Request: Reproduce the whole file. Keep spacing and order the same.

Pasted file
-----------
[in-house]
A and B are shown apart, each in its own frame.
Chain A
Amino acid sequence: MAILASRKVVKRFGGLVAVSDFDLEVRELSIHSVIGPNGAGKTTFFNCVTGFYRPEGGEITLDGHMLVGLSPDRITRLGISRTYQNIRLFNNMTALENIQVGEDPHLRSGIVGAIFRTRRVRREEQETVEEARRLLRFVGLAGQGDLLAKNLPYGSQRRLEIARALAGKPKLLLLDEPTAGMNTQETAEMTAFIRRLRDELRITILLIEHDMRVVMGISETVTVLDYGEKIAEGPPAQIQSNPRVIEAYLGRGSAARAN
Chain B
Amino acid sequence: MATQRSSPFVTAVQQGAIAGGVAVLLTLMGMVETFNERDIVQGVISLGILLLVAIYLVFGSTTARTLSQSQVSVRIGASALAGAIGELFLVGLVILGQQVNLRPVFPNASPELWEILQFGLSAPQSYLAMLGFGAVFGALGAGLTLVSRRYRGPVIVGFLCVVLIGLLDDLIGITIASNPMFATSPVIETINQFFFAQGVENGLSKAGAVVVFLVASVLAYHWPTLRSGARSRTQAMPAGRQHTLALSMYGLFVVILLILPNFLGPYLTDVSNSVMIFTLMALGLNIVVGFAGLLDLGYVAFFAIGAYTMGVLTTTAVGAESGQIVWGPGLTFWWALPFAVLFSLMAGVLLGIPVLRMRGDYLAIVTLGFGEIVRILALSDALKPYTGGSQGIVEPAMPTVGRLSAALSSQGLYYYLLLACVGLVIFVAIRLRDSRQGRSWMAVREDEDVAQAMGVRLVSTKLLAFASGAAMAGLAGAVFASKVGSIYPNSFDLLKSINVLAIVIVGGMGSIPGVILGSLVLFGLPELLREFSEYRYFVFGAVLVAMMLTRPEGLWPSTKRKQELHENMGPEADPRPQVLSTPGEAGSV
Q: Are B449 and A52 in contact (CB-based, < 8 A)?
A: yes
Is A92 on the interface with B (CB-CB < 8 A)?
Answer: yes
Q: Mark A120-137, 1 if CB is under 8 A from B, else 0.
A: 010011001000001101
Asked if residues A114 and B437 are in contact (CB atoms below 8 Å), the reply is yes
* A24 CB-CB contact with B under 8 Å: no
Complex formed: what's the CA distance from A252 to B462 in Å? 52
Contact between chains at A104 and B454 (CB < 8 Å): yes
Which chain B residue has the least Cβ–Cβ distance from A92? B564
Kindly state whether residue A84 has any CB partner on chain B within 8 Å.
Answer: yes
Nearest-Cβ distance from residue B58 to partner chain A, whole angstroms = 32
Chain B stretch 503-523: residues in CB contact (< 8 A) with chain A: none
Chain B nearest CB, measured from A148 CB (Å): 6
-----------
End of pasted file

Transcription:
[in-house]
A and B are shown apart, each in its own frame.
Chain A
Amino acid sequence: MAILASRKVVKRFGGLVAVSDFDLEVRELSIHSVIGPNGAGKTTFFNCVTGFYRPEGGEITLDGHMLVGLSPDRITRLGISRTYQNIRLFNNMTALENIQVGEDPHLRSGIVGAIFRTRRVRREEQETVEEARRLLRFVGLAGQGDLLAKNLPYGSQRRLEIARALAGKPKLLLLDEPTAGMNTQETAEMTAFIRRLRDELRITILLIEHDMRVVMGISETVTVLDYGEKIAEGPPAQIQSNPRVIEAYLGRGSAARAN
Chain B
Amino acid sequence: MATQRSSPFVTAVQQGAIAGGVAVLLTLMGMVETFNERDIVQGVISLGILLLVAIYLVFGSTTARTLSQSQVSVRIGASALAGAIGELFLVGLVILGQQVNLRPVFPNASPELWEILQFGLSAPQSYLAMLGFGAVFGALGAGLTLVSRRYRGPVIVGFLCVVLIGLLDDLIGITIASNPMFATSPVIETINQFFFAQGVENGLSKAGAVVVFLVASVLAYHWPTLRSGARSRTQAMPAGRQHTLALSMYGLFVVILLILPNFLGPYLTDVSNSVMIFTLMALGLNIVVGFAGLLDLGYVAFFAIGAYTMGVLTTTAVGAESGQIVWGPGLTFWWALPFAVLFSLMAGVLLGIPVLRMRGDYLAIVTLGFGEIVRILALSDALKPYTGGSQGIVEPAMPTVGRLSAALSSQGLYYYLLLACVGLVIFVAIRLRDSRQGRSWMAVREDEDVAQAMGVRLVSTKLLAFASGAAMAGLAGAVFASKVGSIYPNSFDLLKSINVLAIVIVGGMGSIPGVILGSLVLFGLPELLREFSEYRYFVFGAVLVAMMLTRPEGLWPSTKRKQELHENMGPEADPRPQVLSTPGEAGSV
Q: Are B449 and A52 in contact (CB-based, < 8 A)?
A: yes
Is A92 on the interface with B (CB-CB < 8 A)?
Answer: yes
Q: Mark A120-137, 1 if CB is under 8 A from B, else 0.
A: 010011001000001101
Asked if residues A114 and B437 are in contact (CB atoms below 8 Å), the reply is yes
* A24 CB-CB contact with B under 8 Å: no
Complex formed: what's the CA distance from A252 to B462 in Å? 52
Contact between chains at A104 and B454 (CB < 8 Å): yes
Which chain B residue has the least Cβ–Cβ distance from A92? B564
Kindly state whether residue A84 has any CB partner on chain B within 8 Å.
Answer: yes
Nearest-Cβ distance from residue B58 to partner chain A, whole angstroms = 32
Chain B stretch 503-523: residues in CB contact (< 8 A) with chain A: none
Chain B nearest CB, measured from A148 CB (Å): 6